The other interesting development at the top end is in ‘Grower’ champagnes. These wines are made by small producers who traditionally supplied the fruit from their best vineyards to the top champagne houses. Making champagne under their own marque gives these winemakers freedom to experiment and they lead the innovation agenda in Champagne with drier, more natural and more exclusive wines. They also explore terroir more than the big boys who focus on house style and consistency from one year to the next.
The pendulum has finally begun to swing away from Robert Parker Junior’s rich, overly oaked, high octane red wines. Now we are seeing a movement towards lighter reds with higher acidity, lower alcohol, and less oak. Descriptions such as ‘water-like’ speak to the transparency and freshness which is being put ahead of Parker’s power and presence. White wines are moving along the spectrum towards lower alcohol. Top winemakers looked for 14 percent alcohol in their chardonnay a few years ago, now they look closer to 13 percent. Many of the white wines that are revered today today are dryer, flintier and more mineral than they were a few years ago. Oaked styles like chardonnay are less oaky and buttery, with more acidity and freshness. There is also a renewed interest in true balance to express the site of fine wines.
Organics & Biodynamics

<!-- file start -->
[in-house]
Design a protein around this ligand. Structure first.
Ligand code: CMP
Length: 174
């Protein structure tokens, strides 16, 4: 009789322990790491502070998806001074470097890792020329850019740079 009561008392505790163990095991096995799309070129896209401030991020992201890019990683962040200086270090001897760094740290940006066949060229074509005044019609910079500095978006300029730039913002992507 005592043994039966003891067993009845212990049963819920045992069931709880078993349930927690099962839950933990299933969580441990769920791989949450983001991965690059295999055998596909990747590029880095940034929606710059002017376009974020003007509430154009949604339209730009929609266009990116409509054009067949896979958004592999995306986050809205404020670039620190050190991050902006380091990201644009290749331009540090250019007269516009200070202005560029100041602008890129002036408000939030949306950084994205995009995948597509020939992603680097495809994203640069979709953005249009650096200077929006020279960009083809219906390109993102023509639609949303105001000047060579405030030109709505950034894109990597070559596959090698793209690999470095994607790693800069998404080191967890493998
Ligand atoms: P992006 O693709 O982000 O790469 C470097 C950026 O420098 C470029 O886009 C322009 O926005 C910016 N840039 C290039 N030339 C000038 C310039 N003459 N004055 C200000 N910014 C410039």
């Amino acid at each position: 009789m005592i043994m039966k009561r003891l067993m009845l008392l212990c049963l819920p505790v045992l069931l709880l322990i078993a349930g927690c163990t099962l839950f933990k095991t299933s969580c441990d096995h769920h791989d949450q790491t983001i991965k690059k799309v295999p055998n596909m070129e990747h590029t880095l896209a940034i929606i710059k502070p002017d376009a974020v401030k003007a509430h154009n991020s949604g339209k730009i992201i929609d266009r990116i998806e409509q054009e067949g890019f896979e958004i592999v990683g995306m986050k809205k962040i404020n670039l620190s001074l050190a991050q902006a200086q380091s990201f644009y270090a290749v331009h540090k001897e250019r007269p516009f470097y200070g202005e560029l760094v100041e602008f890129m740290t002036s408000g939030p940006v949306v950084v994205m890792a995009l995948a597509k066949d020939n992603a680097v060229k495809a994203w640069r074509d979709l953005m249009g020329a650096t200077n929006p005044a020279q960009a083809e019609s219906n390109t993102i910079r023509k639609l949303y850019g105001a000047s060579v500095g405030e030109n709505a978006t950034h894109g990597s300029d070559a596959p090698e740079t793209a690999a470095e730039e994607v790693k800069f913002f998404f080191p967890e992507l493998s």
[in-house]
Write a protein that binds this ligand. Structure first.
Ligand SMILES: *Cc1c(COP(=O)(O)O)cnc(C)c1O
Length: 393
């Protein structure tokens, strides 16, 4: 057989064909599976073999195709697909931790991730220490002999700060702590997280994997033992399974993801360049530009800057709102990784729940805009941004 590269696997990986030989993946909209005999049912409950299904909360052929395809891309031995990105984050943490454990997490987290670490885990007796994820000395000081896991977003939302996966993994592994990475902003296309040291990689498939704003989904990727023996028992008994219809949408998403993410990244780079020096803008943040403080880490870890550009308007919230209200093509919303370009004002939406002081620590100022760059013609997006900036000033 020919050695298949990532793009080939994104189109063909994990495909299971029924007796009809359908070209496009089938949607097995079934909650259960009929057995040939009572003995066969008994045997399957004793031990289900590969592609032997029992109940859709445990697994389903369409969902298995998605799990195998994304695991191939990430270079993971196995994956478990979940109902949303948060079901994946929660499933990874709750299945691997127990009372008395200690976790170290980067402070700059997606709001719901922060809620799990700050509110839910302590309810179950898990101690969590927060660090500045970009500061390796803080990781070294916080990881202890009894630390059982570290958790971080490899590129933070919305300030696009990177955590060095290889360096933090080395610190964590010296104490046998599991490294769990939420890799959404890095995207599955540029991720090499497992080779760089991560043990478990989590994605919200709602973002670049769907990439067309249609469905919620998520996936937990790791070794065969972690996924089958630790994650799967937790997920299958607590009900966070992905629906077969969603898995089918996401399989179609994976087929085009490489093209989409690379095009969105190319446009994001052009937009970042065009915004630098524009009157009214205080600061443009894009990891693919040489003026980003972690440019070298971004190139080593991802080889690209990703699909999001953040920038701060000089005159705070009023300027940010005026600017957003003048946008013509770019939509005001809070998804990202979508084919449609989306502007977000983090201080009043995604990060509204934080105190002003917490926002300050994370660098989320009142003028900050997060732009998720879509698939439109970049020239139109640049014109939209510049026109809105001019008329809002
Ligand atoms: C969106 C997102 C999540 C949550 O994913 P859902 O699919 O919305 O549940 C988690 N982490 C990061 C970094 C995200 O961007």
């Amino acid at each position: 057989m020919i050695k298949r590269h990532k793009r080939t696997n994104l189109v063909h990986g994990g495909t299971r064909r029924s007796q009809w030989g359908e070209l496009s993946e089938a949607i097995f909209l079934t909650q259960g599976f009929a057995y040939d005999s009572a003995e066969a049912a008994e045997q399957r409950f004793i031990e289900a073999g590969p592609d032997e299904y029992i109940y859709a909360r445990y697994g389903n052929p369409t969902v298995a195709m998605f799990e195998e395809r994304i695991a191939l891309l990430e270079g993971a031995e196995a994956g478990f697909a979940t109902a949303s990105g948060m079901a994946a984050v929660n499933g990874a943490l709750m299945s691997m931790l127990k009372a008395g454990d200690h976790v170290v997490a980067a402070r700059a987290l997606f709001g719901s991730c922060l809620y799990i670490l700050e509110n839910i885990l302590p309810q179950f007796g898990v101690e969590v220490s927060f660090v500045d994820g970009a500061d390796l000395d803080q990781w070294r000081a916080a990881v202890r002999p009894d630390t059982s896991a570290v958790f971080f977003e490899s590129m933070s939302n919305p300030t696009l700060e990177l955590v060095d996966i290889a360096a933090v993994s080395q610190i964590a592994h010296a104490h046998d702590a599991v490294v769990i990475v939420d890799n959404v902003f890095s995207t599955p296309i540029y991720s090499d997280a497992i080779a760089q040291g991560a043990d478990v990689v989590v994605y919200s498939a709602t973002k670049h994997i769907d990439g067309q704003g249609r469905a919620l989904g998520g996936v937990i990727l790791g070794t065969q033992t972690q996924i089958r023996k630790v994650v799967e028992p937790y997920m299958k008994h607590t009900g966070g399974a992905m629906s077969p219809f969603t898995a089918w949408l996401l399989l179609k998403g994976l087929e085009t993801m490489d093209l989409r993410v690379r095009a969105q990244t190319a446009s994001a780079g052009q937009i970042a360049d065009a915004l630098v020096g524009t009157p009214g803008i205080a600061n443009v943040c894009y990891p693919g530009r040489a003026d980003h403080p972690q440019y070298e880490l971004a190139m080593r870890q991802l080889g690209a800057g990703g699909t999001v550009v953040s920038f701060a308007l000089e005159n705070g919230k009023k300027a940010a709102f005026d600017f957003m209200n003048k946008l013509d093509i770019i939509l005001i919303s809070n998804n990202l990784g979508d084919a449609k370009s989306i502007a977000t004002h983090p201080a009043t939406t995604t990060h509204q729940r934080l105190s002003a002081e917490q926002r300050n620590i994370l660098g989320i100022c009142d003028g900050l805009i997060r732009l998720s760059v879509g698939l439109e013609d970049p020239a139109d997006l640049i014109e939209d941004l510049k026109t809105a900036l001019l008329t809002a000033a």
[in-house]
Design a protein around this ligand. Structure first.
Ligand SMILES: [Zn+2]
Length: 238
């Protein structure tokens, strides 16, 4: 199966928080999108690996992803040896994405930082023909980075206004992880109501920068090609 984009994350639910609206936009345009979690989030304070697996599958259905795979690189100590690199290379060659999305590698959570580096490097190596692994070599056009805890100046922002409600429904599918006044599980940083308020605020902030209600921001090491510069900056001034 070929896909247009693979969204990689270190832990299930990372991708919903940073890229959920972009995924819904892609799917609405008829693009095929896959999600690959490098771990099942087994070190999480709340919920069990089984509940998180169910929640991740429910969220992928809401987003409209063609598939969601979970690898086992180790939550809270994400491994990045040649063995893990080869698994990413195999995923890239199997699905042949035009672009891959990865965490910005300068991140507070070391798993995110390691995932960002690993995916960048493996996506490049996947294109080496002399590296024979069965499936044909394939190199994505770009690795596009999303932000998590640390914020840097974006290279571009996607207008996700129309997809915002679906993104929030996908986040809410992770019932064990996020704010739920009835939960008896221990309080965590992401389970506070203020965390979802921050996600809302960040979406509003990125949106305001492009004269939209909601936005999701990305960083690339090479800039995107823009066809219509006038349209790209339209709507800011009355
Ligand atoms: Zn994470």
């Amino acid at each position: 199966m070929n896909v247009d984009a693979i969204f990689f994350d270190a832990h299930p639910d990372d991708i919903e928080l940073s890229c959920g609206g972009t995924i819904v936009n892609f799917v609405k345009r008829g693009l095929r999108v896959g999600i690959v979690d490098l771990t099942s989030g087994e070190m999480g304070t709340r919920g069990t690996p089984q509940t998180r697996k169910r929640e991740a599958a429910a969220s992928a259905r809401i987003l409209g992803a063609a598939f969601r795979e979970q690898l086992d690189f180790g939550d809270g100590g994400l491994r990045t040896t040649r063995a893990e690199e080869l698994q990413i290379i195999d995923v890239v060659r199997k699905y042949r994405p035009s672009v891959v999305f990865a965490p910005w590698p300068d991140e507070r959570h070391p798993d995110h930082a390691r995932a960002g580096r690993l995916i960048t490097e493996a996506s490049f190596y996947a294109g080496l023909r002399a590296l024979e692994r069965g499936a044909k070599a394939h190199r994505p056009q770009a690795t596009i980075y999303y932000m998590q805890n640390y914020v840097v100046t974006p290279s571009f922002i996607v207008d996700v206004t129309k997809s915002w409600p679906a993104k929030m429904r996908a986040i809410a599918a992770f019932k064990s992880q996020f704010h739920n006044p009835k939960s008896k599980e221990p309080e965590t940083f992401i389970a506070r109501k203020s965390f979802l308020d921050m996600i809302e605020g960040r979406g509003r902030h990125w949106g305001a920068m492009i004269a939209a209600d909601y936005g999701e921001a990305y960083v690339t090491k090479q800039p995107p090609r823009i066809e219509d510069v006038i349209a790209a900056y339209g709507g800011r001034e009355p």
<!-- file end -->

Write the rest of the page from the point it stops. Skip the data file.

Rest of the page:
Organics and biodynamics have been making inroads in wine for many years, and can no longer be called ‘up and coming’. The number of organic vineyards globally has almost tripled from 2004 to 2011 and organic wine is forecast to continue its growth. People are often confused about the difference between organics and biodynamics, as both are made from grapes grown without pesticides and chemicals. Biodynamic farming goes a step further and is based on the esoteric practices developed by Rudolf Steiner, which include consideration of lunar cycles when working in the vineyard. A number of top estates around the world use these practices to good effect and while there is little, if any, scientific justification for the practices (from a quality perspective at least), biodynamic growers may well be more dedicated to sustainable farming techniques than the majority of organic producers. Although the continued growth is global and unarguable, biodynamic and organic wines are unlikely to ever become truly mainstream due to their relative cost to produce.
A note on sustainability Not all organic and biodynamic wines are made from sustainable vineyards. Sounds a bit strange, doesn’t it? Well, there’s the carbon emissions created by the greater number of tractor passes through the vineyard (to manage fruit quality without pesticides), use of copper and other chemicals to control disease (which damage soil and resident micro- organisms), and excessive water use (even in regions where irrigation is permitted). There are sustainable farming models that are conventional (i.e. manage
use of all farming inputs to protect the environment) and there are sustainable models that are organic: the organic models are unquestionably best for the environment. NZ wine producers lead the way globally in sustainable viticulture and winemaking practices with over 98 percent of NZ’s vineyard certified as sustainably farmed.
You might have seen or read about The Marshmallow Test – where 3 and 4 year olds are given the choice of eating one marshmallow immediately or waiting for 15 minutes for 2 marshmallows (apparently it’s supposed to predict future success by way of measuring a child’s ability to delay gratification.) Some kids immediately eat the marshmallow while others use a myriad of tactics to stop themselves eating it (closing their eyes, distracting themselves). Some almost get there, but break in the last few seconds.